Monday, 14 June 2010

Reading as Consolation

I suppose it's not surprising that the less time I have to read the more urgent my thirst for it becomes. Reading really does feed the soul; it provides escape, perspective, mystery, consolation. At the moment I feel in desperate need of all those things.

After fifteen years making a living as a writer I'm stuck for the first time, and I feel like an insect trapped on its back. Everything's difficult: the industry's in turmoil, my agent - my guide through the publishing netherworld, my Virgil - has quit, and I'm flailing around trying to write a novel in the few hours a week I can steal from my boys and wondering if I'll ever manage it.

I'm scared about the future of books as a whole and books in particular, the books I still hope to write. I'm worried that in my first attempt at fiction (will I one day blithely refer to it as 'my first novel', or will be it a gallant effort that never sees the light of day, or will it be the first and last, the alpha and omega?) I was so intent on writing that I neglected the thinking - the planning, the day-dreaming, the made-up conversations and imagined scene-setting; all the stuff that gets left out of the final draft. I feel as though I'm trying to make a sculpture, slapping on more and more papier-mache which however hard I try doesn't quite cover up the fact that I forgot to make a coat-hanger structure inside first.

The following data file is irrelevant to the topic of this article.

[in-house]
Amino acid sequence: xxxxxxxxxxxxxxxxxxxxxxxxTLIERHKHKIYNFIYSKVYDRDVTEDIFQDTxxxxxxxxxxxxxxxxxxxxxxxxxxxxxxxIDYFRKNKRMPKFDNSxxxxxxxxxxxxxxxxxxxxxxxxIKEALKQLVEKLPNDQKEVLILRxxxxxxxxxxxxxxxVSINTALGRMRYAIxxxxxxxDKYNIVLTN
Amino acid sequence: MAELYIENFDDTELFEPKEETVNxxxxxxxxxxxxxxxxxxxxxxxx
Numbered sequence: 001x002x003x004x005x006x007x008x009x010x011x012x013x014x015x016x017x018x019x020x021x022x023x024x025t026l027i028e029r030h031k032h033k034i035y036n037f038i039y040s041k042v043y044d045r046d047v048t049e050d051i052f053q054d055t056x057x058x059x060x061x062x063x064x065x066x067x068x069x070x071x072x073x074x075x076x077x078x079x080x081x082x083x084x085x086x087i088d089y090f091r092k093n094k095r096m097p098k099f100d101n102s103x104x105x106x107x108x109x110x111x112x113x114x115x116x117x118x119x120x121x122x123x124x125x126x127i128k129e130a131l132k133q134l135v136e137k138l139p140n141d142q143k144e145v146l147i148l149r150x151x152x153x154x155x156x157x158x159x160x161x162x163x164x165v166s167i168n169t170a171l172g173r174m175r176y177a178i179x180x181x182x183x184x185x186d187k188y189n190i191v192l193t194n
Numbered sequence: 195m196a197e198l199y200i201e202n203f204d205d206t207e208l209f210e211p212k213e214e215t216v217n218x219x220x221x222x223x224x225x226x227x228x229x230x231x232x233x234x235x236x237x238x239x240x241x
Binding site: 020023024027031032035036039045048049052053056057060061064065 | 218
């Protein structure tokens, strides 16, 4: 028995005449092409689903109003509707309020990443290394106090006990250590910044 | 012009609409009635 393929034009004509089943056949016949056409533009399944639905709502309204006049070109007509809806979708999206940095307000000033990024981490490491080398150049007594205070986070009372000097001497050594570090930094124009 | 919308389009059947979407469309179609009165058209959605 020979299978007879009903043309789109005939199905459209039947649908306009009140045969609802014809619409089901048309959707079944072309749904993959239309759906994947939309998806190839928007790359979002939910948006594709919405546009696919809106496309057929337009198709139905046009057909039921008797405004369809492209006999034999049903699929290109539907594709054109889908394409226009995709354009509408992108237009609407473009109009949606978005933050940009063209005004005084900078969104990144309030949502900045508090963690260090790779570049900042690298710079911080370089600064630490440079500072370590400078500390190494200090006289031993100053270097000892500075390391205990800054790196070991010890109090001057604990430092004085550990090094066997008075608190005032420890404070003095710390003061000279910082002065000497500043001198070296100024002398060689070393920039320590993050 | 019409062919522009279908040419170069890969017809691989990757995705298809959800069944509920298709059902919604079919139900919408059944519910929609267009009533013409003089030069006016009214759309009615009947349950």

I picture myself physically stuck in my novel, standing at the centre of a bustling courtyard of an inn on the road north from Paris, in my jeans and old trainers, unnoticed by the people all around me: coachmen leading sweaty horses away to be rubbed down and fed; the landlady standing at the doorway, wiping her hands on her apron and assessing her new guests to see who will sleep where; revolutionary officials draped self-importantly in tricolour sashes, accosting travellers and demanding to se their papers. I see my heroine step cautiously down out of the coach, the basket that contains all her belongings in her hand. She's wearing a greyish cotton dress, once white but long-unbleached, with a knitted blue shawl over her shoulders, and I can tell by the slightly pinched expression on her thin face that she's nervous and hungry, in that order.

And then I lose impetus. Perhaps I've been doing it too long, without knowing whether it will work. Perhaps it's just not worth doing at all. The words and my worries spin around and around in my head. There's nothing for it but to find somewhere quiet and read someone else's words for a little while.

1 comment:

  1. It’s remarkable how universal this vertiginous feeling is right now in the world of books – for writers, publishers, agents. As you say, the industry is in turmoil, after a more or less uninterrupted 500 year run in which its methods, both mechanical and commercial, have gone unchanged. And yet . . . however they are delivered and sold, people will still want to engage with and lose themselves in words that extend beyond the length of an article, or a web posting (I believe someone recently called it, rather inelegantly, ‘longform writing’) because there is, quite simply, nothing else to touch it. All other art forms, however high or low, are much more passively ‘received’; the writer asks the reader to meet her half-way. It’s unique and, when it works, the effect is electrifying. That will not be foresworn, and though it’ll take a while to come through all of this, we will. We musn’t let the fear overwhelm us; we, you, will get there!AndrewK